The food of France
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These notes were made during a few weeks trip to France. These are just our food experiences and you may have a totally different experience depending on your budget, where you travel and where you eat.
Notes from July 2005
It is amazing the amount of French cuisine that is infiltrated into Australian eating. Consomme, boullion, aparetif, hors-d'oeuvre, entree, ragout, crepes, aioli, bearnaise, julliene, bisque, bechamel, hollandaise, fondue, crem caramel, gateau, souffle, bob appetit ... the list goes on. Eating commonly involved large cooked meals for both lunch and dinner (although we were spolied staying with friends, this may not always be the case for the working population). The streets are lined with cafes and restuarants with people sipping coffee. Restuarants usually have meals of the day “menu de jour” which includes either entree and main, or main and dessert. Also coffee and a pastry comes at a special price. Fruit stalls are very common. Snails were witnessed on the menu, but never tried, and I never saw frogs legs anywhere, although I don’t know the french name for them.
This dish has to be the most commonly eaten in all of France. They are served sweet or savoury. Sweet combinations like sugar and lemon, chocolate (really nutella), chocolate and banana. Savoury combinations with cheese, tomato, ham and egg.
Another French staple, a pastry base, with egg, cream and other fillings like ham/bacon and onion(Lorraine), spinach (Florentine).
Everybody eats baguettes, all the time! Usually filled with salad and meat or cheese. There are loads of great bakeries, called boulangerie, with wonderful products all over France. Banette is a little baguette, and a restaurant is a big baguette. Baguettes are eaten with every meal. Panini are toasted baguettes.
France has the best croissants! Of course. The are light and fluffy, sometimes filled with chocolate. There is also a range of pastries on offer.
Cheese is plentiful, with the biggest assortment of types you could imagine.
Cured meats are also very common
Pate is very different to at home. It is not a smooth paste of liver, but course meat and liver, which is stringy and held in a jelly like mould. Frais Grois is fattened geese liver, which is more of a fine paste.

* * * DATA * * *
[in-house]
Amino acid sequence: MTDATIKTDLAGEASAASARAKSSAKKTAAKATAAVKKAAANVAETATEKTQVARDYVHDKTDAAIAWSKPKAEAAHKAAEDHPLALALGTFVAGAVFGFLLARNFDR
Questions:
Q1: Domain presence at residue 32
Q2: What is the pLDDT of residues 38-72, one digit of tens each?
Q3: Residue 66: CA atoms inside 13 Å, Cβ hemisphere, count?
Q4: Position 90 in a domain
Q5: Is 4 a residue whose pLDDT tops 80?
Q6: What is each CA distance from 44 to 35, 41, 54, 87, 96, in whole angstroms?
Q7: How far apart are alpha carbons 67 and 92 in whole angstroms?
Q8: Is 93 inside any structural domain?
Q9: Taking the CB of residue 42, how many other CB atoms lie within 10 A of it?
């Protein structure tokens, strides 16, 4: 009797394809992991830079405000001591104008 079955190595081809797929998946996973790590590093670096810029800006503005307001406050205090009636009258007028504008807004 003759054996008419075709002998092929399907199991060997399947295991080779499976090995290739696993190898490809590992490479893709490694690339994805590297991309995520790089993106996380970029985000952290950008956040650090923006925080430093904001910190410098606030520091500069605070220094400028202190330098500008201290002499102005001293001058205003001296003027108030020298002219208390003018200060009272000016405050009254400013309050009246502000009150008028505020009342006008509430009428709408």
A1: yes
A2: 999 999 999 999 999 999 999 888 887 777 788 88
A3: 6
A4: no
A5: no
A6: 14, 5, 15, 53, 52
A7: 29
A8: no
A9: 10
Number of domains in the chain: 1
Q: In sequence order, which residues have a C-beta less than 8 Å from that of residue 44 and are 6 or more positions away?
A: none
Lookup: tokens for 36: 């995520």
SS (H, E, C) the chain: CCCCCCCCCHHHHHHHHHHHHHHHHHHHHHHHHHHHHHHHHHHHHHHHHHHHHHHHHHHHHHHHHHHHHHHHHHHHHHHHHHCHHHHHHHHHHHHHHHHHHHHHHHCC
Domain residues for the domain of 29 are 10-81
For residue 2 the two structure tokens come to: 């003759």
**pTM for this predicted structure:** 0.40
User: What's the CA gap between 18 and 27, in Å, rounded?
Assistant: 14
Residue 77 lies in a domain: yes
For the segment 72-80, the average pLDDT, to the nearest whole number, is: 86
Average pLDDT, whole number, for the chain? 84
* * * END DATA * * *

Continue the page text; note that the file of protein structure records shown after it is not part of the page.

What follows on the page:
Like a meat loaf but more jellied like the pates, occasionaly having a pastry crust. Served from the dish in slices.
Rich fish stew, a specialty of Marsielles. Unfortunately we didn’t get to try this dish as we were onlly passing through.
Aubergine, tomatoes and peppers, usually with cheese.
Salad is very common on all menus. One of the most famous is Nicoise Salad, made of lettuce, tomato, tuna, egg, anchovies, potato and olives. See Nicoise Recipe. Also seen commonly was Seafood Salad and cous cous, which was noticed more in the south of France.
Pizza is common and is usualy served uncut, unless you ask.
We found donuts, sugared with white cheese in the centre, and an aniseed flavoured pretzil-like snack.
Breakfast cereal commonly contains chocolate.
Wine is a special produce of France which they are proud of. Majority of wines are red, and Rose is also available. Wine is very inexpensive, plus the cheap ones still taste good.
Corsicans are very proud of their food and typical products, of which includes cured meats (charcuterie), cheeses, wine, beer, pate. The cuisine is influencedby Italian eating due to its proximity with Sardinia. Chestnuts are grown here and made into an array of products including beer, ice cream, cake and an interesting sweet spread that goes on bread or in crepes. Wild boar is a specialty of the area, I ate it cooked in a tomato based sauce and served with pasta on the side, very tender! Goat is also eaten here.
Some of the home cooked meals in Corsica we had included:
- tomato, mozzarella and herb tart
- bacon and cheese quiche
- pasta with rockfort cheese and cream
- rice salad; white rice with sliced black olives, sliced boiled egg and tuna
- side dish of tomatoes and chick peas
- salad de musean - a sausage like meat made from pig snout, which is sliced and mixed with onions and vinegar dressing
- an assortment of cheese for after dinner
- Embrucciata a special Corsican cake made with broccini cheese, which is a little similar to ricotta, and the cake reminded me of a baked ricotta cheese cake, but a little sweeter.